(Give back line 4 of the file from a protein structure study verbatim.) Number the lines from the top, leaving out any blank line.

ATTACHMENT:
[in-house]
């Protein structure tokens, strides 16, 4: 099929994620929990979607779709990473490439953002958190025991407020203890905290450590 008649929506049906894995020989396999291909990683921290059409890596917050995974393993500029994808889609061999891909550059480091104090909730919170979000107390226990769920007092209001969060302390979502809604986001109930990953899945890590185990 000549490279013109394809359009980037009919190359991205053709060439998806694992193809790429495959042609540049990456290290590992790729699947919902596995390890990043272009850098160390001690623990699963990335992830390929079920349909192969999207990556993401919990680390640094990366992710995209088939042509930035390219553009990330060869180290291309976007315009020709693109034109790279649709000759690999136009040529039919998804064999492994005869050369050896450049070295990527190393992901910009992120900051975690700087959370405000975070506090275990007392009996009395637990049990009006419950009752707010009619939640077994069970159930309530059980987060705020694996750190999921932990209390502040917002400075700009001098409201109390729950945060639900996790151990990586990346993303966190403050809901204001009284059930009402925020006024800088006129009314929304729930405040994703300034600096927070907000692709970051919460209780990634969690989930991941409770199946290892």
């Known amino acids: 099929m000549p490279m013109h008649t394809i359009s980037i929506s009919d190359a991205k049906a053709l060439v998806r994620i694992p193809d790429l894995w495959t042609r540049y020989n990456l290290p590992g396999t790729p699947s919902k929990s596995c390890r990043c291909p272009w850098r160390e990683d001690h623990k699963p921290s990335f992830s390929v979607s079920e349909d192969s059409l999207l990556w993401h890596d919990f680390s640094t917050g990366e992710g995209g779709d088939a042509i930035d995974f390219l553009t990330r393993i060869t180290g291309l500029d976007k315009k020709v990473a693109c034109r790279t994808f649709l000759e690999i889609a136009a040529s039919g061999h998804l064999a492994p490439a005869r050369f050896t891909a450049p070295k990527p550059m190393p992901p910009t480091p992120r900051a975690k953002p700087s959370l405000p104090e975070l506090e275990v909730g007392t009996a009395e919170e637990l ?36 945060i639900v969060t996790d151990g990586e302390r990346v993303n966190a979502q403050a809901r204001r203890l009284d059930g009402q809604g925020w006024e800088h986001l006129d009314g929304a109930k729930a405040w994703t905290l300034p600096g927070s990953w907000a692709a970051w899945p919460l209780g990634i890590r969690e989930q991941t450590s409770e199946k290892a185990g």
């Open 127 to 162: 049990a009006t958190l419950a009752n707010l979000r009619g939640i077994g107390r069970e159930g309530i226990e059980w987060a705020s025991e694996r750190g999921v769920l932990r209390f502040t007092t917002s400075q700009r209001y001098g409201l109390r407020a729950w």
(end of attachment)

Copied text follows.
């Open 127 to 162: 049990a009006t958190l419950a009752n707010l979000r009619g939640i077994g107390r069970e159930g309530i226990e059980w987060a705020s025991e694996r750190g999921v769920l932990r209390f502040t007092t917002s400075q700009r209001y001098g409201l109390r407020a729950w």